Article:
Tired from working long shifts during the pandemic? Feeling overwhelmed by seeing suffering and death from Covid-19? Worried about catching the Covid-19 coronavirus yourself in the clinics and hospitals that you are working in and then potentially bringing the virus back to your families? Frustrated by the lack of personal protective equipment (PPE) like N95 face masks? Hungry because you’ve had to skip meals to care for patients? Well, doctors, don’t despair, here’s something that may turn your frown upside down. And then perhaps upside down again.
President Donald Trump is now suggesting that you (if you are a doctor) may be helping inflate the Covid-19 death count in order to, drum roll please, make more money.
Is your jaw still attached to the rest of your face after hearing that? Yep, that’s what the real estate mogul turned President said during a campaign rally on Saturday in Wisconsin. Just take a look at this Independent video:
Doesn’t this make you feel warm all over? Perhaps. But maybe not in the way that you’d like.
Trump started this segment of his campaign speech by saying that the Covid-19 death reporting systems in the U.S. are “a little bit backwards.” Ok, that’s a reasonable statement. Many of the disease surveillance systems in the U.S. can be a bit rotary telephone-esque. So, if Trump had stopped there, he would have had a valid point. Oh, but he didn’t.
The next things that came out of his mouth were: “You know some countries they report differently. If somebody’s sick with a heart problem, and they die of Covid they say they die of a heart problem. If somebody’s terminally ill with cancer and they have Covid, we report them. And you know doctors get more money and hospitals get more money. Think of this incentive.”
Oh no he didn’t. Trump didn’t suggest that the over 225,000 Covid-19 death toll in the U.S. is an inflated number, did he? He didn’t suggest that doctors are helping that number did he?
When you make such a claim, it helps to provide something called evidence and facts to support your claim. Otherwise, you may seem like you are pulling the claim out of a certain part of your body that may possibly rhyme with lemon grass. However, in his campaign speech, Trump didn’t seem to provide any such evidence.
As I have covered previously for Forbes, conspiracy theorists have claimed that Covid-19 death tolls are being deliberately inflated without providing much compelling evidence. Sure some have claimed that things like gun shot wound deaths are being counted as Covid-19 deaths but these assertions don’t seem to hold much water. After all, something like a gun shot would is pretty darn obvious. Doctors don’t tend to say, “besides that life-threatening gun shot wound, is there anything that we should take care of first? Do you happen to have any diarrhea?” I also reported for Forbes how Twitter in late August removed a tweet from a Mel Q (not to be confused with Mel C or Mel B from the Spice Girls) that Trump had re-tweeted. The eventually deleted tweet incorrectly claimed that the Centers for Disease Control and Prevention (CDC) “admitted” that only 6% of the reported deaths from Covid-19 were actually from the severe acute respiratory syndrome coronavirus 2 (SARS-CoV2).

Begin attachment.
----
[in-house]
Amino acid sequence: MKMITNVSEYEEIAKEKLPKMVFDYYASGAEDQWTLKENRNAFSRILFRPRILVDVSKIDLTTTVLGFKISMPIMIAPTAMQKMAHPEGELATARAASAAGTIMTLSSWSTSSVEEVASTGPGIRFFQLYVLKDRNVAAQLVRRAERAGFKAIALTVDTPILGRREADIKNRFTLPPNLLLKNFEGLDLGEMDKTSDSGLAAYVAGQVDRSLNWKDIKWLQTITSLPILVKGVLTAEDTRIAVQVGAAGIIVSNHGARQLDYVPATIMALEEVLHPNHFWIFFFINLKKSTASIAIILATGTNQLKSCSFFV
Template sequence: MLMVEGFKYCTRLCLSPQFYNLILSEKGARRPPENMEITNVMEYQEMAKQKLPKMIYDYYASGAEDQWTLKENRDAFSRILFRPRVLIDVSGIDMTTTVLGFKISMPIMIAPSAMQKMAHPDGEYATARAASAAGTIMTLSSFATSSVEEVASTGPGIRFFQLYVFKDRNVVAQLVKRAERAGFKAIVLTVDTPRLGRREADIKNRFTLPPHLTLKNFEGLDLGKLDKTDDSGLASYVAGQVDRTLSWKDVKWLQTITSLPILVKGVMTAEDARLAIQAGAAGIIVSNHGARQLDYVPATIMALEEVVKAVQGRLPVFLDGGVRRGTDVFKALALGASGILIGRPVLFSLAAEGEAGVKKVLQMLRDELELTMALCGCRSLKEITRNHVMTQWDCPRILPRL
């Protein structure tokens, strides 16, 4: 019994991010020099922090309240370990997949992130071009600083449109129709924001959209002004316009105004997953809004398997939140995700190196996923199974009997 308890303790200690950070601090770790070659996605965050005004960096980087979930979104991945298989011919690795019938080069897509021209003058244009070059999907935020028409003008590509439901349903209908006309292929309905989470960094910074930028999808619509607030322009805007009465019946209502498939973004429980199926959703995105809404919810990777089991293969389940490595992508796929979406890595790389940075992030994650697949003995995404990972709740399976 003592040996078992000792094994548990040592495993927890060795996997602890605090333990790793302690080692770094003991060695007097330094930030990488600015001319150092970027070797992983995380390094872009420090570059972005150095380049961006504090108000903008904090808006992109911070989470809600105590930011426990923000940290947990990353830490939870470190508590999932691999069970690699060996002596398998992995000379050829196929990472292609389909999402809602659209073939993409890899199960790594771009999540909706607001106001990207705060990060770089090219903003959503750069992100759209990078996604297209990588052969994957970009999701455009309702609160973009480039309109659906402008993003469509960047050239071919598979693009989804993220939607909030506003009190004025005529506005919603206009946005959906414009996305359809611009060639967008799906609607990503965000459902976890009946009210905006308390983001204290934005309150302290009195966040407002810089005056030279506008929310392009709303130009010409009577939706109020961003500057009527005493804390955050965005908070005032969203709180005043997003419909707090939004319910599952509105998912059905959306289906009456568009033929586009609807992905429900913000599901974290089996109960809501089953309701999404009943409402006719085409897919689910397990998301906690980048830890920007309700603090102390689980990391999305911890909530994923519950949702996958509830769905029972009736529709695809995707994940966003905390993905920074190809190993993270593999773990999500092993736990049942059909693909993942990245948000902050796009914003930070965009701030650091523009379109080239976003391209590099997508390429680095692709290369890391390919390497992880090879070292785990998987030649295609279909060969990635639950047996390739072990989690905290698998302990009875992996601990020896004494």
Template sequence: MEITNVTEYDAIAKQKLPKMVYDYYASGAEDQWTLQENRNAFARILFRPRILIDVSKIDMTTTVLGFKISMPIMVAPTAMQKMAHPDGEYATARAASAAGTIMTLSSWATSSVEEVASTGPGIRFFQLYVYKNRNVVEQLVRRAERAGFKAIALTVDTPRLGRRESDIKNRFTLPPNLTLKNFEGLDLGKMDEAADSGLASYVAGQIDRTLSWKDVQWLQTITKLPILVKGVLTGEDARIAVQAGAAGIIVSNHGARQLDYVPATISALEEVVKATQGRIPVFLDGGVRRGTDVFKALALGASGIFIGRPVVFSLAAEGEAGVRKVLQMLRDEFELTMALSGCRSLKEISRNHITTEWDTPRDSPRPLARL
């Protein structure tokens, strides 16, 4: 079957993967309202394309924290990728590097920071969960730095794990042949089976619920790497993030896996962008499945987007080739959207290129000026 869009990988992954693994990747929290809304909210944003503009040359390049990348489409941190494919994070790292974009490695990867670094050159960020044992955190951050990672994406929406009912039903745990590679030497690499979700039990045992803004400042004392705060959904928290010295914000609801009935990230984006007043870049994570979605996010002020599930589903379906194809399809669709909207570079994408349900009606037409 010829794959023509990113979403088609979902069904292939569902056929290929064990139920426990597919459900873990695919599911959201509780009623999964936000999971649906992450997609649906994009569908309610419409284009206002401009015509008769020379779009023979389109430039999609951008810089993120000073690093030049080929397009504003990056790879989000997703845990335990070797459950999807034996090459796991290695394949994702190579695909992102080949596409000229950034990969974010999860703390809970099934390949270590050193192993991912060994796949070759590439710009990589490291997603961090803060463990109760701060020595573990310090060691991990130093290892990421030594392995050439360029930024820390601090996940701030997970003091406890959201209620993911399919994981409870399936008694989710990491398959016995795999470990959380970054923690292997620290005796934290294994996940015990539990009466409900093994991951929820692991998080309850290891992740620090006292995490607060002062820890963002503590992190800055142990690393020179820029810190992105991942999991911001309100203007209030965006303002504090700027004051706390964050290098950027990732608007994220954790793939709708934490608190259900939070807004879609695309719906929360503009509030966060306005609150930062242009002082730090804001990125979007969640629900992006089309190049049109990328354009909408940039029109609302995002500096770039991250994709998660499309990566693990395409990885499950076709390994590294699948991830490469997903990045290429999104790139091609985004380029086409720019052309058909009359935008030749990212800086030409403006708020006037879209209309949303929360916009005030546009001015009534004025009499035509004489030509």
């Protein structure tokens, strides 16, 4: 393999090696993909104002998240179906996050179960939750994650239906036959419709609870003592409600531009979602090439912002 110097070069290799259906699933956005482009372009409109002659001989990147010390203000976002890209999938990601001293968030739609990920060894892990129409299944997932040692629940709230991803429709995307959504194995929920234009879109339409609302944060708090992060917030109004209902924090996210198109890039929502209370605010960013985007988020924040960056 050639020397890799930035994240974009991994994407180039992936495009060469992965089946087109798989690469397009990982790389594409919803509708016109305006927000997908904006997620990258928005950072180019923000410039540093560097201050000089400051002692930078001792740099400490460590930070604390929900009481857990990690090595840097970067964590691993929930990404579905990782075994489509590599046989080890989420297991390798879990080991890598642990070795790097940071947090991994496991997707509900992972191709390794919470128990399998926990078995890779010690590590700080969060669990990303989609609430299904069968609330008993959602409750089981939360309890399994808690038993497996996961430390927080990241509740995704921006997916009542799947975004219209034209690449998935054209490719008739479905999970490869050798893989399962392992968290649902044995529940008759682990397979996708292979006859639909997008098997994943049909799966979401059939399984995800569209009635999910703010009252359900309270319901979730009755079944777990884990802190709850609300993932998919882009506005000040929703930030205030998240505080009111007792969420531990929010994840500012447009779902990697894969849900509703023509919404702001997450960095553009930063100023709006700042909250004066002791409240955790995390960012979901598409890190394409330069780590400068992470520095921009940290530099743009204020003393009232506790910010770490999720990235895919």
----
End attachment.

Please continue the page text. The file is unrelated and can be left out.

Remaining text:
Well, many medical associations and organizations didn’t take kindly to the implication that physicians have been cooking the books. For ACOG, which is not a cog but rather stands for the American College of Obstetricians and Gynecologists, tweeted the following:
And here’s what the American Medical Association (AMA) had to say:
Notice that neither of these organizations mentioned Trump by name. The American College of Emergency Physicians (ACEP), though, did specifically name Trump in their statement:
And 45 different medical and surgical specialty societies, many of which battle with each other frequently like Game of Thrones characters, came out with a unified statement:
Perhaps Trump was confusing doctors with the nation’s 644 billionaires, who have seen their net worth increase by nearly $1 trillion since March according to recent analysis. In the meantime, the pay of many doctors have on the other hand gone South. And in this case, South doesn’t mean Aruba. Back in April, cuts were already occurring as hospitals and health care systems no longer had the same amount of revenue, as Bruce Japsen reported for Forbes. The pandemic had forced many health care facilities to shut down their non-essential services such as cosmetic surgery and other elective procedures that have long been bigger money makers. Left with taking care of, you know, really sick patients who needed medical care, health care systems were no longer making as much money. So who had to take hits? How about the health care professionals actually doing the work, such as doctors and nurses? A survey conducted by Merrit Hawkins and The Physicians Foundation found that 21% of U.S. physicians had actually “experienced a furlough or pay cut” during the pandemic. Things seem to have gotten worse since then as Medscape recently reported that 62% of U.S. physicians answering another survey had suffered pay drops.
A number of physicians echoed these findings. For example, Anne M. Mills, M.D., an Associate Professor of Pathology at the University of Virginia School of Medicine tweeted the following:
If anything, the pandemic is showing how screwed up the health care system is right now adn why health care reform is so desperately needed. In the middle of a health crisis like the pandemic, you’d expect physicians to be compensated for their work. After all, shouldn’t the capital flow towards those whose services are most needed, whose work is most valued? When physicians are suffering pay cuts instead, something’s not right.